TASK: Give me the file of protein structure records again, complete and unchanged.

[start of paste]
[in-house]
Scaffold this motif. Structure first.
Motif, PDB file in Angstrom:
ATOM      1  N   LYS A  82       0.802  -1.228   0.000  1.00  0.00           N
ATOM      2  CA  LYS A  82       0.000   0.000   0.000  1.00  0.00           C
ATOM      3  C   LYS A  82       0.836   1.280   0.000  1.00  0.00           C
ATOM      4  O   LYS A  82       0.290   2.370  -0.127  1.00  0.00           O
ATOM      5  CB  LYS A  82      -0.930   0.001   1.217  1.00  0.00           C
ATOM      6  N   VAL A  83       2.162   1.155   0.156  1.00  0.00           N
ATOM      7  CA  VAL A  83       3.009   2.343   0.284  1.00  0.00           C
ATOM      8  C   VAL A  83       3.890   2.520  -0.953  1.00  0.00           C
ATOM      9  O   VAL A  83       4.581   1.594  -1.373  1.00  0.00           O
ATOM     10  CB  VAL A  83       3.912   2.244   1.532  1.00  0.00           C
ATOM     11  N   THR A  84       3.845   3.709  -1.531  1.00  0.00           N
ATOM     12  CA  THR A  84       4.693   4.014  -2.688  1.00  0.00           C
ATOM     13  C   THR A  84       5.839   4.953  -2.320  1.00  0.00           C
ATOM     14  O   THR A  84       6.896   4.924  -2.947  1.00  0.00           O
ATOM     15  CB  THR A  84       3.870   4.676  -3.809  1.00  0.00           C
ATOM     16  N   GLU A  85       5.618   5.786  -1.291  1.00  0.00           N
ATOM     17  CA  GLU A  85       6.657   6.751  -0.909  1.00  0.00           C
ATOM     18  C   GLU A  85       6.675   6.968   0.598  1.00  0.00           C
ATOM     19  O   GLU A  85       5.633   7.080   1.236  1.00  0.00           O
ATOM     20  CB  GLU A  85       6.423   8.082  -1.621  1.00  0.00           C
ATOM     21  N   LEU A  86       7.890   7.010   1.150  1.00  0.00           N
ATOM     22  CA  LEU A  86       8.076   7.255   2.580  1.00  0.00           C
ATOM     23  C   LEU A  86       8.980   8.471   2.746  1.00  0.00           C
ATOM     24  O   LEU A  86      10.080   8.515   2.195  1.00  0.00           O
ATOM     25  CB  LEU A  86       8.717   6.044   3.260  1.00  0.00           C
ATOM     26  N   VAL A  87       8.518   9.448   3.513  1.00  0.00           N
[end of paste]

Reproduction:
[in-house]
Scaffold this motif. Structure first.
Motif, PDB file in Angstrom:
ATOM      1  N   LYS A  82       0.802  -1.228   0.000  1.00  0.00           N
ATOM      2  CA  LYS A  82       0.000   0.000   0.000  1.00  0.00           C
ATOM      3  C   LYS A  82       0.836   1.280   0.000  1.00  0.00           C
ATOM      4  O   LYS A  82       0.290   2.370  -0.127  1.00  0.00           O
ATOM      5  CB  LYS A  82      -0.930   0.001   1.217  1.00  0.00           C
ATOM      6  N   VAL A  83       2.162   1.155   0.156  1.00  0.00           N
ATOM      7  CA  VAL A  83       3.009   2.343   0.284  1.00  0.00           C
ATOM      8  C   VAL A  83       3.890   2.520  -0.953  1.00  0.00           C
ATOM      9  O   VAL A  83       4.581   1.594  -1.373  1.00  0.00           O
ATOM     10  CB  VAL A  83       3.912   2.244   1.532  1.00  0.00           C
ATOM     11  N   THR A  84       3.845   3.709  -1.531  1.00  0.00           N
ATOM     12  CA  THR A  84       4.693   4.014  -2.688  1.00  0.00           C
ATOM     13  C   THR A  84       5.839   4.953  -2.320  1.00  0.00           C
ATOM     14  O   THR A  84       6.896   4.924  -2.947  1.00  0.00           O
ATOM     15  CB  THR A  84       3.870   4.676  -3.809  1.00  0.00           C
ATOM     16  N   GLU A  85       5.618   5.786  -1.291  1.00  0.00           N
ATOM     17  CA  GLU A  85       6.657   6.751  -0.909  1.00  0.00           C
ATOM     18  C   GLU A  85       6.675   6.968   0.598  1.00  0.00           C
ATOM     19  O   GLU A  85       5.633   7.080   1.236  1.00  0.00           O
ATOM     20  CB  GLU A  85       6.423   8.082  -1.621  1.00  0.00           C
ATOM     21  N   LEU A  86       7.890   7.010   1.150  1.00  0.00           N
ATOM     22  CA  LEU A  86       8.076   7.255   2.580  1.00  0.00           C
ATOM     23  C   LEU A  86       8.980   8.471   2.746  1.00  0.00           C
ATOM     24  O   LEU A  86      10.080   8.515   2.195  1.00  0.00           O
ATOM     25  CB  LEU A  86       8.717   6.044   3.260  1.00  0.00           C
ATOM     26  N   VAL A  87       8.518   9.448   3.513  1.00  0.00           N